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KING'S LYNN INCINERATOR LATEST: We'll fight to stop it, votes West Norfolk council

A protestor against the incinerator outside of the King's Lynn Town Hall, where a special meeting to discuss the incinerator referendum results by West Norfolk Council. Picture: Matthew Usher

A protestor against the incinerator outside of the King's Lynn Town Hall, where a special meeting to discuss the incinerator referendum results by West Norfolk Council. Picture: Matthew Usher

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West Norfolk councillors vowed that the voice of the people would be heard tonight, as they voted to oppose plans to build an incinerator near King’s Lynn.

There were hundreds of protestors outside Lynn’s centuries-old Town Hall, as the emergency meeeting got under way this evening.

The council chamber and Stone Hall were both full long beefore the start of the meeting, while hundreds more gathered on a car park at the rear of the building where a PA system had been rigged up.

Michael De Whalley, from the King’s Lynn Without Incineration group said: “It’s amazing, people have really taken the issue to their hearts.

“It’s become more than an issue about an incinerator - it’s become an issue about local democracy.”

Anti-incinerator campaigner Francis Nolan said: “I think it’s sad, because we have voted in a fair referendum, over 65,000 people said no but were ignored by the Conservative county council.”

Fellow protestor John Hocknell, a retired newspaper photographer, said: “There are people here protesting who have never taken to the streets before.

“There are as many people furious about the aftermath of the referendum as there are about the incinerator.”

Norfolk County Council’s cabinet ignored the poll and give the Anglo-American consortium Cory Wheelabrator the contract to build and run the plant.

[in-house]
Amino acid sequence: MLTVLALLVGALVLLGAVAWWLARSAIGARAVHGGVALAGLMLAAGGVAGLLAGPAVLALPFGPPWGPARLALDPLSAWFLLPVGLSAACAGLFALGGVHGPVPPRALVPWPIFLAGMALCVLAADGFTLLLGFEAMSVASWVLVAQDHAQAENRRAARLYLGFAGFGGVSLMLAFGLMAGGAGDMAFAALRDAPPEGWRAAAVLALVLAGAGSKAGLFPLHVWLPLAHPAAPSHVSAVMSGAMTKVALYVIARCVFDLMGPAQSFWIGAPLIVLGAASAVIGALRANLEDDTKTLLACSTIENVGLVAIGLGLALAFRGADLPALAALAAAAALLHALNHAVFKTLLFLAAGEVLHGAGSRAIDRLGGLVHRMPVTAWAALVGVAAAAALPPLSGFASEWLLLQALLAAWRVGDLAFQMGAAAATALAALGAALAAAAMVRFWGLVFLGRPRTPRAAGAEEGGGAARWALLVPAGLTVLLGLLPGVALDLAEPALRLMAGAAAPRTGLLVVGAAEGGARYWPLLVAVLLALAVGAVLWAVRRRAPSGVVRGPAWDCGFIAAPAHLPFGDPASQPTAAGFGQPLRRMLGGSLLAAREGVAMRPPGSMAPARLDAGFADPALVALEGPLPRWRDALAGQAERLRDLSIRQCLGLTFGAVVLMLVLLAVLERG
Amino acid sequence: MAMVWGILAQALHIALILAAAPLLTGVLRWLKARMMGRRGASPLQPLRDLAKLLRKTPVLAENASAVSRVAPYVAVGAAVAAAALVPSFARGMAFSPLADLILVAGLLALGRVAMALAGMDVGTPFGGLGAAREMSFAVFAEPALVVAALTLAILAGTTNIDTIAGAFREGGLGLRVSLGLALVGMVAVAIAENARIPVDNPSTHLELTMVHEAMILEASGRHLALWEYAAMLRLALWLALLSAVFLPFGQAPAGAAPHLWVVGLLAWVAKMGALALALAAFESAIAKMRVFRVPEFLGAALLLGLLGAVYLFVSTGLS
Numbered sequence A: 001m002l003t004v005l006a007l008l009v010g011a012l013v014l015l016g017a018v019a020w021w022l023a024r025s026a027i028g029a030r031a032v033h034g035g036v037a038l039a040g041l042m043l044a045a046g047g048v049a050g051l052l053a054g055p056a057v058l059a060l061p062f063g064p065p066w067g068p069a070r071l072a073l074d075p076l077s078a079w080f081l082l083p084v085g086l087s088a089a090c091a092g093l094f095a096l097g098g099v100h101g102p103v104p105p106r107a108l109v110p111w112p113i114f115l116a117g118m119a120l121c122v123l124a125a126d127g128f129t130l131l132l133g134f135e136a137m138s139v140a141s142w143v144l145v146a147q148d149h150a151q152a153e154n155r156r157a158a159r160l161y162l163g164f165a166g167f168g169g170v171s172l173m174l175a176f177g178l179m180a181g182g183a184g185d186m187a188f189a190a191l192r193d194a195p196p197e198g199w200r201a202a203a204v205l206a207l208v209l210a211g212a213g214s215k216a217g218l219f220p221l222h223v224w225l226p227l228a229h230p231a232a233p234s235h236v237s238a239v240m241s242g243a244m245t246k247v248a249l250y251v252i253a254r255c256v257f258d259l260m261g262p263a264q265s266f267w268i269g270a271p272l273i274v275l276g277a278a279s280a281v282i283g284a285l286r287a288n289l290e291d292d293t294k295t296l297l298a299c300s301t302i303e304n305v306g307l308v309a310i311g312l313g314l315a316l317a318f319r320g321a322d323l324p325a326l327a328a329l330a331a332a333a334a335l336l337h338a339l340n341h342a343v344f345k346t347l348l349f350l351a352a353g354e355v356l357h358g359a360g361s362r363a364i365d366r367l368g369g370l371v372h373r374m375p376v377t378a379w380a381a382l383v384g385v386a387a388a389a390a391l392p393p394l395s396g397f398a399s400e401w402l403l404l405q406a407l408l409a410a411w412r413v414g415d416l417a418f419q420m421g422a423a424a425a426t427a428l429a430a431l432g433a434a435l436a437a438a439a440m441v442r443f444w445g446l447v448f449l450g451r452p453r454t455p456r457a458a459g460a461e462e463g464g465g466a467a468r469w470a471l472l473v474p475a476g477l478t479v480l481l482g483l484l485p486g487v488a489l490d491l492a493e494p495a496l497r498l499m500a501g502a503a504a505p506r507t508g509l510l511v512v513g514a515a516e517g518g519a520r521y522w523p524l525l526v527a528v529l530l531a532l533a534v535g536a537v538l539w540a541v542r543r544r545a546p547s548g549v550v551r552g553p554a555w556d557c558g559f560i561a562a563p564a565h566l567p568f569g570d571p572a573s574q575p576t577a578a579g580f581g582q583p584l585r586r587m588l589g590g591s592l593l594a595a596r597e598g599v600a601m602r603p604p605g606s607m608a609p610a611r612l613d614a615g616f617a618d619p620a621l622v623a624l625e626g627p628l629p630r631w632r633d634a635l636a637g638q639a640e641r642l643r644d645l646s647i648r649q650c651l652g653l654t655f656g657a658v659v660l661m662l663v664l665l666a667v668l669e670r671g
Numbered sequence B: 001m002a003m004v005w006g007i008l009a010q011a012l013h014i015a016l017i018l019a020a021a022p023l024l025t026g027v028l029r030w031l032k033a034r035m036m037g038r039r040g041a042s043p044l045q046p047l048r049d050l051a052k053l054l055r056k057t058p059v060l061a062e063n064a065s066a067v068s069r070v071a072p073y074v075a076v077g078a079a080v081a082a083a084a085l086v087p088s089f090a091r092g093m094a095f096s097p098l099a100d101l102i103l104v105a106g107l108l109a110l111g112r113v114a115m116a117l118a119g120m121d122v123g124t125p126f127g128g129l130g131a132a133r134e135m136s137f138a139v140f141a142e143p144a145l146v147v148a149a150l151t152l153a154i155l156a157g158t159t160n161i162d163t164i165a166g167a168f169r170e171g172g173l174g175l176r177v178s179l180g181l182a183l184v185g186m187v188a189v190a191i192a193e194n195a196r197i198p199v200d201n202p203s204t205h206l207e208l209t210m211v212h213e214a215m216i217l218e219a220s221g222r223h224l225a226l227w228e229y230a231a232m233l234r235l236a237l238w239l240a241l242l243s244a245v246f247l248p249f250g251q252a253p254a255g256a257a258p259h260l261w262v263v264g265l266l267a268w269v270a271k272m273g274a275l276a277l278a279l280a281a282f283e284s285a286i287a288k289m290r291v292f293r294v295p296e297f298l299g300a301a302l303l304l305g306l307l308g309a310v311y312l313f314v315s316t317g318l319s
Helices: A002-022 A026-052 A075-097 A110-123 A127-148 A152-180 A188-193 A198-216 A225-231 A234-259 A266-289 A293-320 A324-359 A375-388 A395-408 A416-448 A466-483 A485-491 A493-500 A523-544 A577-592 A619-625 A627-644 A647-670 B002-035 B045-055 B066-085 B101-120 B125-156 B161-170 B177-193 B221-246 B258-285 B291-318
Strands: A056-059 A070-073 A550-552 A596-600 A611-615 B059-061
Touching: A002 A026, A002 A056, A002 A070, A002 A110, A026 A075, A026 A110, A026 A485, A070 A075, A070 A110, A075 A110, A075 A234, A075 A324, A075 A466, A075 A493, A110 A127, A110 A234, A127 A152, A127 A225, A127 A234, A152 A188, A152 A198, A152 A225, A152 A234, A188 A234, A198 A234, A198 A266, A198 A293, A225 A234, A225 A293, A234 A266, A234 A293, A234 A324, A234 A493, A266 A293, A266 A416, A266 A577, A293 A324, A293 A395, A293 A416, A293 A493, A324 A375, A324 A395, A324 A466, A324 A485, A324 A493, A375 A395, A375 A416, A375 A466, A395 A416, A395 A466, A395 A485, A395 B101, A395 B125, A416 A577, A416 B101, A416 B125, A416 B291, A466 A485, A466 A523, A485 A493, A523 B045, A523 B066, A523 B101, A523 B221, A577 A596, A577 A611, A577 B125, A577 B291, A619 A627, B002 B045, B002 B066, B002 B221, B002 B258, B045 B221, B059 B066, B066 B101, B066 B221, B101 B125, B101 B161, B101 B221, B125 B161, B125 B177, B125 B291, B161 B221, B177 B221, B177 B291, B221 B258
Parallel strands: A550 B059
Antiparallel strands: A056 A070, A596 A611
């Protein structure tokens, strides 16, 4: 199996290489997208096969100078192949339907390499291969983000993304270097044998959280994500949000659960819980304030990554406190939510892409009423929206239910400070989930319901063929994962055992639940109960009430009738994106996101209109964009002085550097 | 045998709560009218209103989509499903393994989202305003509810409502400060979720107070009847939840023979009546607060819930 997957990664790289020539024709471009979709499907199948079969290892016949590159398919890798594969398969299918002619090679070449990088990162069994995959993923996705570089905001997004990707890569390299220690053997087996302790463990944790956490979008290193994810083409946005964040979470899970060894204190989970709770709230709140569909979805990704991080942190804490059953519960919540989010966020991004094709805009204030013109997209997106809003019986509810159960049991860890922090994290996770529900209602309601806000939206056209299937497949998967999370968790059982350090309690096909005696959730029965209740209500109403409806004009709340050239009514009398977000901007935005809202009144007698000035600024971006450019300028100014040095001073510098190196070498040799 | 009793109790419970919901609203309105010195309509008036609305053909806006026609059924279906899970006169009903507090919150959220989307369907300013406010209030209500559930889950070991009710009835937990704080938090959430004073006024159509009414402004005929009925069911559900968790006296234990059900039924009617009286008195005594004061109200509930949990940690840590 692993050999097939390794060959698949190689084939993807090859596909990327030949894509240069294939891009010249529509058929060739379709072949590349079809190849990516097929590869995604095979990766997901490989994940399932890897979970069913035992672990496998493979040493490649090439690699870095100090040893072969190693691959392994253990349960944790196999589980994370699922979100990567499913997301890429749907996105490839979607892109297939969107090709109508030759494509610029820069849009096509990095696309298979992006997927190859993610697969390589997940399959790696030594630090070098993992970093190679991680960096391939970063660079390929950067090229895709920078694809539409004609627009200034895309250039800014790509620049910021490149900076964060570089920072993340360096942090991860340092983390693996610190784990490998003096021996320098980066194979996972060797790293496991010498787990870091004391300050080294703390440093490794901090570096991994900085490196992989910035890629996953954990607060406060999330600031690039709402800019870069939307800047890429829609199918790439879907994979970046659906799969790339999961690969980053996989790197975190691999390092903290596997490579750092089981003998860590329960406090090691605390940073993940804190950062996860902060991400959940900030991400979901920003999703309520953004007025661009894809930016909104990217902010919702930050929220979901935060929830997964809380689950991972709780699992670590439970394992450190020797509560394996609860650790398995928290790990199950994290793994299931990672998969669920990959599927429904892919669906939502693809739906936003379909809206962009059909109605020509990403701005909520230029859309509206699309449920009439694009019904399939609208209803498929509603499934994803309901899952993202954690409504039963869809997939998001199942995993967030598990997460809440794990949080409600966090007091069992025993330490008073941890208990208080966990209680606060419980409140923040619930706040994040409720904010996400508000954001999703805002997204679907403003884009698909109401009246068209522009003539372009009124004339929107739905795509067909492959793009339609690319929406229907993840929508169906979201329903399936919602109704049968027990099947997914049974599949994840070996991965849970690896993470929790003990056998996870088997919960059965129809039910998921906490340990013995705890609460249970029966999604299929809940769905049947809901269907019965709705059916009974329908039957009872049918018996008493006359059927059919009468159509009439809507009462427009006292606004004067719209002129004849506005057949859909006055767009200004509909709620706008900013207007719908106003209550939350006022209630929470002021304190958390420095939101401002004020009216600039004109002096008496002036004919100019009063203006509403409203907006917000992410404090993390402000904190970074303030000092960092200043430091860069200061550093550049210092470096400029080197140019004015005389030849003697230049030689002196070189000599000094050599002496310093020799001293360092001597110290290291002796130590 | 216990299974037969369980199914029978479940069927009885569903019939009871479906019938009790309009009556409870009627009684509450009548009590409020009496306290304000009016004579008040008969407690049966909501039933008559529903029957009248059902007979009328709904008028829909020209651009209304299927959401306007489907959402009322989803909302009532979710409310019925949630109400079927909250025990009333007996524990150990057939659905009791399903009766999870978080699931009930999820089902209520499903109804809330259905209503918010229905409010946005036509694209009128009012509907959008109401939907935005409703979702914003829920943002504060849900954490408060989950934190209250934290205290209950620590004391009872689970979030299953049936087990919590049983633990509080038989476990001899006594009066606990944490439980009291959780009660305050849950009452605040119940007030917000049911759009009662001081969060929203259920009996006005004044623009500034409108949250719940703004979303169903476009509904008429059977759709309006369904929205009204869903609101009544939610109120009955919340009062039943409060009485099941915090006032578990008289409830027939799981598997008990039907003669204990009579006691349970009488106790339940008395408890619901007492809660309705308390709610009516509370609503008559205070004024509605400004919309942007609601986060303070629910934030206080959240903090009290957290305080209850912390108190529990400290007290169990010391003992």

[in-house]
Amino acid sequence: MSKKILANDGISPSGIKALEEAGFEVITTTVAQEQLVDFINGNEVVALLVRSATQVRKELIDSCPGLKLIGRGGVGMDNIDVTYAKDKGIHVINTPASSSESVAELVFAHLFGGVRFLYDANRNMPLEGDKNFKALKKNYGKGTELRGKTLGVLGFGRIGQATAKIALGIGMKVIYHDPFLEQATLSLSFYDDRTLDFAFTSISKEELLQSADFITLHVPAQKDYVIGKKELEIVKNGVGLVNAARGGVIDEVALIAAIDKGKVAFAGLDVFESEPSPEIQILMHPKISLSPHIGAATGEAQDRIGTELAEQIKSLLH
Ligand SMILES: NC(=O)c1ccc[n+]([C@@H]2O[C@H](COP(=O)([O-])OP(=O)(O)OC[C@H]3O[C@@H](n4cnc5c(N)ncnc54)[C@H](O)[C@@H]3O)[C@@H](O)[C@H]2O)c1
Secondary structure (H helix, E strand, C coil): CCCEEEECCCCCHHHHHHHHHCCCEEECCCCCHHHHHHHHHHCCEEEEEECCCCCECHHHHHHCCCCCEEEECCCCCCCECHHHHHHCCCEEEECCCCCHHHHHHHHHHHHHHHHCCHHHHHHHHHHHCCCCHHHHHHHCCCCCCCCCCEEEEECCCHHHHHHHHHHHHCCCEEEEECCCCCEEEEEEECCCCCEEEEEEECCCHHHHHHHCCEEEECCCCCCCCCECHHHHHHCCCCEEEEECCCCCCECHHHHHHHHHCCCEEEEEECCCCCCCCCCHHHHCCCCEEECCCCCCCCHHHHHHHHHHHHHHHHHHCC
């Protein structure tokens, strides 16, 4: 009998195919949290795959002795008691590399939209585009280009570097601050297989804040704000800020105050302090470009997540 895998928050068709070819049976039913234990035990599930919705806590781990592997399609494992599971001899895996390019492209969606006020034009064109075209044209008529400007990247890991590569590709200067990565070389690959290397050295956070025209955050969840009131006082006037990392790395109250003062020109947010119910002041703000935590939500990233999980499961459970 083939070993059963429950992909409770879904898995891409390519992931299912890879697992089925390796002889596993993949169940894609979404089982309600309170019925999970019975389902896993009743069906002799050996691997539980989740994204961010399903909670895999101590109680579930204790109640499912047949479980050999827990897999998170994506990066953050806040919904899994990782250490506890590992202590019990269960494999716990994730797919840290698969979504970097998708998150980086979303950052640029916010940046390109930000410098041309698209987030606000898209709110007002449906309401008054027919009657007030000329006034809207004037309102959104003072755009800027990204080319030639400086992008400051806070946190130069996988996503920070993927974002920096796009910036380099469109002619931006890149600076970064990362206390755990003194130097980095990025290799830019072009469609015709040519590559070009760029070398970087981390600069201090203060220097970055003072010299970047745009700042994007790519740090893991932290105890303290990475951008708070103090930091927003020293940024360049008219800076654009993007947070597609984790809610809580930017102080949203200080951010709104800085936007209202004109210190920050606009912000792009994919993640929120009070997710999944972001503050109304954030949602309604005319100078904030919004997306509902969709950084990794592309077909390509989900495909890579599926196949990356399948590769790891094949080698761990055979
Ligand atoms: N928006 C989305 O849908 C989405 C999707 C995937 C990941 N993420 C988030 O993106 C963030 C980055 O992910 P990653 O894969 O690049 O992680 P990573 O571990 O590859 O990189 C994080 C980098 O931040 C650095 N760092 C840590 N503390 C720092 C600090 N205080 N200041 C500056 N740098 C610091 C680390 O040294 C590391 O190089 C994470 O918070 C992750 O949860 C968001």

Introducing the four motions to the council, its leader Nick Daubney said he did not become a councillor to shove down people’s throats something they did not want and did not need.

The four motions were all carried unanimously - apart from one abstention from the second.

They read: “In a recent poll nine out of every ten people who voted, opposed the construction of a municipal mass burn incinerator at Saddlebow, Kings Lynn.

“The council deplores the decision taken by the cabinet of Norfolk County Council on March 7 to approve the contract for the construction of a mass burn incinerator in Saddlebow.

“The council condemns the decision because it was undemocratic in that it ignored the 65,000 local people in West Norfolk who votes to opposed the incinerator.

“It went against the wishes of the two elected MPs for West Norfolk both of whom oppose the incinerator and because it strikes at the very heart of the localism agenda.

“This council believes the actions of the county council have given notice to the public that the application to construct the incinerator has been ‘predetermined’ and so disqualifies the county council from being a competent planning authority in this instance.

“Further, this council believes that financial arrangements set in place with the contractor impede on open and fair decision process. “Therefore, we call upon the secretary of state to ‘call in’ the decision and determine the application.

“This council opposes the construction of an incinerator at Saddlebow, King’s Lynn Council instructs the chief executive to bring an urgent report to cabinet to consider appropriate measures open to the borough council to give effect to these recommendations, together with any consequent resource implications.”

Rebel Tories have joined councillors from all other parties in calling in the county council’s decision to award the incinerator contract in the face of such opposition.

The county scrutiny committee, which is due to discuss the call-in next Tuesday, could refer decision back to the full council.

See tomorrow’s Eastern Daily Press for a full report on tonight’s meeting and follow the updates on here edp24 tomorrow as they happen.

COUNCILLOR JOHN DOBSON

COUNCILLOR PAUL BURRALL

COUNCILLOR BRIAN LONG

COUNCILLOR DR IAN MACK

COUNCIL LEADER NICK DAUBENY

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